By Ken Woodley
Christmas is still two weeks away, but oh, what a blessed gift it is to be a fool and yet still loved and saved by God.
What a blessed, blessed gift for us to unwrap.
I read the 35th chapter of the book of Isaiah (New International Version) nearly every morning before sunrise because, in typical Isaiah fashion, everything will be made right:
“The Wilderness and the dry land shall be glad,
the desert shall rejoice and blossom;
… Then the eyes of the blind shall be opened,
and the ears of the deaf unstopped;
then the lame shall leap like a deer,
and the tongue of the speechless sing for joy …
the burning sand shall become a pool,
and the thirsty ground springs of water….”
How wondrously miraculous for us because there are individual, highly personal “wildernesses” through which we all must travel, times when we feel blind, unable to speak or hear, and our hearts weary and broken to the point of lameness.
Sometimes the difficulty is just making it to the starting line through another cold, gray, dark morning that seems to dawn without any promise of a true sunrise.
But that is not all we are left with. That is never all there is, where God is concerned. There is a light that always shines, through any weather and every season—even shining in the seasons deep within other seasons.
How do we journey through our times of great trouble—or minor rough patches—into that spiritual “promised land” where even the driest deserts are turned inside out?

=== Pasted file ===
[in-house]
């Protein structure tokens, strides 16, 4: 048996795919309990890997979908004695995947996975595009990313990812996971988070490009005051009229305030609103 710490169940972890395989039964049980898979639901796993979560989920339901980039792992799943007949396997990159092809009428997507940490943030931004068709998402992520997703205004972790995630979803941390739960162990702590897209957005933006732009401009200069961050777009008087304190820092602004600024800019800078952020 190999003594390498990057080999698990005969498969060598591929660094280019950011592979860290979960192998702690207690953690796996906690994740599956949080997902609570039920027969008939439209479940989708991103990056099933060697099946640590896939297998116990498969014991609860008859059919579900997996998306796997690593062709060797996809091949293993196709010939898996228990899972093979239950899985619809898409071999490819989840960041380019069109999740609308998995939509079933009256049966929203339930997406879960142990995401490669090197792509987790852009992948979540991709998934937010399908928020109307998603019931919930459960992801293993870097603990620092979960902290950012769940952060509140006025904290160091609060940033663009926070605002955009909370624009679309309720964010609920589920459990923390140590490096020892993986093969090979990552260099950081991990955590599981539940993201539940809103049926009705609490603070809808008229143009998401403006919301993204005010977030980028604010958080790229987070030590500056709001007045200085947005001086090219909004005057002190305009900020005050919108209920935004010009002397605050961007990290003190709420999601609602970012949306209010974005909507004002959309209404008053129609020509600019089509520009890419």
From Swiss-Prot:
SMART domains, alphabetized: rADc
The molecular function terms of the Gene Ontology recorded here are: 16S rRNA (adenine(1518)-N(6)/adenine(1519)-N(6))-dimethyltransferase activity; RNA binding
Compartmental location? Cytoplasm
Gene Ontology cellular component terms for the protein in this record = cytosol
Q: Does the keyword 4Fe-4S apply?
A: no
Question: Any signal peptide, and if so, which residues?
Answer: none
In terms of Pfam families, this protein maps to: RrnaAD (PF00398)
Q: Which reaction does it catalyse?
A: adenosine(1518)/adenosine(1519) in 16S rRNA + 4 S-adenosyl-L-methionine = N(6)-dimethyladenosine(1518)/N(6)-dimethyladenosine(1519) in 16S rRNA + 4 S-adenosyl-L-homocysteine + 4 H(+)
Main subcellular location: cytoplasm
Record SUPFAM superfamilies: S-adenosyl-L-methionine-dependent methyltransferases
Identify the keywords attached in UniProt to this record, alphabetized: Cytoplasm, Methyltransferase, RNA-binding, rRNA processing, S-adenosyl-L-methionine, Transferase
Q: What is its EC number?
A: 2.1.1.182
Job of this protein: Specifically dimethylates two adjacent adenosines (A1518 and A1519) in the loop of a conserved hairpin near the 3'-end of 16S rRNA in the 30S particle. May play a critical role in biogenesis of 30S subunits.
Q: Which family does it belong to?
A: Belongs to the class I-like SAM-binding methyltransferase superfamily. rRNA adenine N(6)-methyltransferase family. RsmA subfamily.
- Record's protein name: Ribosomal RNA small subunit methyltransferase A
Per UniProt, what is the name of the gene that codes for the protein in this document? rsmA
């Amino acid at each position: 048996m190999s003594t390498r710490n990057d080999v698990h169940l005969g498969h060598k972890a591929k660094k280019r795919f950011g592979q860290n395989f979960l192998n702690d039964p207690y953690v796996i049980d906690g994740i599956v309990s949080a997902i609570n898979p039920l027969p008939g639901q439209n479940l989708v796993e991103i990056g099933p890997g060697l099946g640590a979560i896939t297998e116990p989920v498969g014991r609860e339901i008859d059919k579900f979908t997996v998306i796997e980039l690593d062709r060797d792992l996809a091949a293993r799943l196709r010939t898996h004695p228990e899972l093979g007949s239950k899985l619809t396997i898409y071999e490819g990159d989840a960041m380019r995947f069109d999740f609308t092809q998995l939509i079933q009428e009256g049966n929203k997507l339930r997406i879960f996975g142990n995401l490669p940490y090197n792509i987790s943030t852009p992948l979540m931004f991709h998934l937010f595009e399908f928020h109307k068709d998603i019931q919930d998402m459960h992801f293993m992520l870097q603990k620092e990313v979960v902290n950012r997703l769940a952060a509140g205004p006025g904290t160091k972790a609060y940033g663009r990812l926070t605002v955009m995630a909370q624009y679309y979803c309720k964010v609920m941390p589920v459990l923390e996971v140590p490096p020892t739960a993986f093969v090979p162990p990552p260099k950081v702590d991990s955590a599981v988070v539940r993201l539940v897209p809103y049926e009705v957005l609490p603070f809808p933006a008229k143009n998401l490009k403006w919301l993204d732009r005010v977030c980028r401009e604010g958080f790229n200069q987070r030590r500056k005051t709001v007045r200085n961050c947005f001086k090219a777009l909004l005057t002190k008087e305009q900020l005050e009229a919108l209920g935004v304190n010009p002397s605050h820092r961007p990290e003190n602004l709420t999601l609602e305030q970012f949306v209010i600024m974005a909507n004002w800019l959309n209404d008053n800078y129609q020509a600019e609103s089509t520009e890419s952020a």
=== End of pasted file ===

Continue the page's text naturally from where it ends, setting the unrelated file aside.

There is a highway, Isaiah assures us, the Holy Way, the way for God’s people, and on that Holy Way none of life’s “ravenous beasts” can stop us unless we let them.
That assurance is wonderful in its own right but the truly glorious thing is this:
“No traveler, not even fools, shall go astray,” we are told by God through the prophet Isaiah in the New Revised Standard Version.
Of that fact I rejoice and cheer until I go hoarse. Even in my most foolish moments—and God knows I’ve had several thousand—God has not let me go truly astray. God’s love and grace have kept me on that Holy Way. Or led back on that path after I’d wandered off.
God knows humanity and understands that all of us will act foolishly at times. Sometimes it’s simply the foolishness of putting our own words into God’s mouth, framing our own expectations as if they were the word of God, and then becoming disheartened when those expectations aren’t met.
I’ve had to remind myself that, with the best of intentions, I put those words in God’s mouth. There is a huge difference between a genuine communication from the Holy Spirit and my own wishful thinking.
If, when that happens, I don’t realize that what I’ve done is perform a ventriloquist act—putting my voice in God’s mouth—then I am the real dummy in the performance.
Ironically, another opportunity for human foolishness is ignoring the voice of God when it does speak to our soul—when it is not us putting words in God’s mouth but actually the Holy Spirit of God communicating with us directly.
Especially when God is recommending a course correction in our lives to keep us on the Holy Way.
But God is ever-forgiving and ever-encouraging, even in the midst of our most foolish moments. God is always with us, speaking ceaselessly through the Holy Spirit until we listen, God promising that our deserts shall rejoice and blossom if we would only follow God’s signposts on the Holy Way.
There will be desert moments in our lives—we cannot avoid them—but, if we persevere, God promises that our troubled hearts shall some day leap like a deer.
Leap like the heart of a little child on Christmas Day.
Leap like a heart that understands the greatest gift of all is far too large to wrap.
Because that gift itself is wrapped around the whole, wide world:
If we’d only all open it together.
By Ken Woodley